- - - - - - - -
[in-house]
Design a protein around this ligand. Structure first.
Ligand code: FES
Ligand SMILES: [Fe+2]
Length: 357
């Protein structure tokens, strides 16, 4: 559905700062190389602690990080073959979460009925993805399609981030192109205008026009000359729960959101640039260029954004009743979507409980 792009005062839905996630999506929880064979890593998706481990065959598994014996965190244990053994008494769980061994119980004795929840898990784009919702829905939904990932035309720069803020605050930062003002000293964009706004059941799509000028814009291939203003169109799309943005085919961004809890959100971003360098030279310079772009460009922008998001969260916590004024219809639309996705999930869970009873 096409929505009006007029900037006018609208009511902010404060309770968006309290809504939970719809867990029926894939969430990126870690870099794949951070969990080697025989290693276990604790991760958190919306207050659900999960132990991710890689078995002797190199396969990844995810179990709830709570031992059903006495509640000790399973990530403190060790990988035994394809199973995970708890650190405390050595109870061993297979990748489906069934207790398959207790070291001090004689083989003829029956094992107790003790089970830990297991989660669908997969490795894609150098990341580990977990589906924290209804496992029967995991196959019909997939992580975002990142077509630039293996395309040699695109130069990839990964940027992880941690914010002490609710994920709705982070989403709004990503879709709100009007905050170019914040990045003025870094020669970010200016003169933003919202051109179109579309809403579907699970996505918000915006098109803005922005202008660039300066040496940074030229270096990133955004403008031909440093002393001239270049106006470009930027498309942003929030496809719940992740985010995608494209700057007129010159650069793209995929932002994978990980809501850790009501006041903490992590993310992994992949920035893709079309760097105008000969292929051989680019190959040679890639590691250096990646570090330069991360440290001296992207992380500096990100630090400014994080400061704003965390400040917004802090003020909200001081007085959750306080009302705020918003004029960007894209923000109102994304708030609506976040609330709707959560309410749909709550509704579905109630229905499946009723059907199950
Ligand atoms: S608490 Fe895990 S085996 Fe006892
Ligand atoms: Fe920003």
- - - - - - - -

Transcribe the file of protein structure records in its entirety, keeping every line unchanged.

[in-house]
Design a protein around this ligand. Structure first.
Ligand code: FES
Ligand SMILES: [Fe+2]
Length: 357
């Protein structure tokens, strides 16, 4: 559905700062190389602690990080073959979460009925993805399609981030192109205008026009000359729960959101640039260029954004009743979507409980 792009005062839905996630999506929880064979890593998706481990065959598994014996965190244990053994008494769980061994119980004795929840898990784009919702829905939904990932035309720069803020605050930062003002000293964009706004059941799509000028814009291939203003169109799309943005085919961004809890959100971003360098030279310079772009460009922008998001969260916590004024219809639309996705999930869970009873 096409929505009006007029900037006018609208009511902010404060309770968006309290809504939970719809867990029926894939969430990126870690870099794949951070969990080697025989290693276990604790991760958190919306207050659900999960132990991710890689078995002797190199396969990844995810179990709830709570031992059903006495509640000790399973990530403190060790990988035994394809199973995970708890650190405390050595109870061993297979990748489906069934207790398959207790070291001090004689083989003829029956094992107790003790089970830990297991989660669908997969490795894609150098990341580990977990589906924290209804496992029967995991196959019909997939992580975002990142077509630039293996395309040699695109130069990839990964940027992880941690914010002490609710994920709705982070989403709004990503879709709100009007905050170019914040990045003025870094020669970010200016003169933003919202051109179109579309809403579907699970996505918000915006098109803005922005202008660039300066040496940074030229270096990133955004403008031909440093002393001239270049106006470009930027498309942003929030496809719940992740985010995608494209700057007129010159650069793209995929932002994978990980809501850790009501006041903490992590993310992994992949920035893709079309760097105008000969292929051989680019190959040679890639590691250096990646570090330069991360440290001296992207992380500096990100630090400014994080400061704003965390400040917004802090003020909200001081007085959750306080009302705020918003004029960007894209923000109102994304708030609506976040609330709707959560309410749909709550509704579905109630229905499946009723059907199950
Ligand atoms: S608490 Fe895990 S085996 Fe006892
Ligand atoms: Fe920003």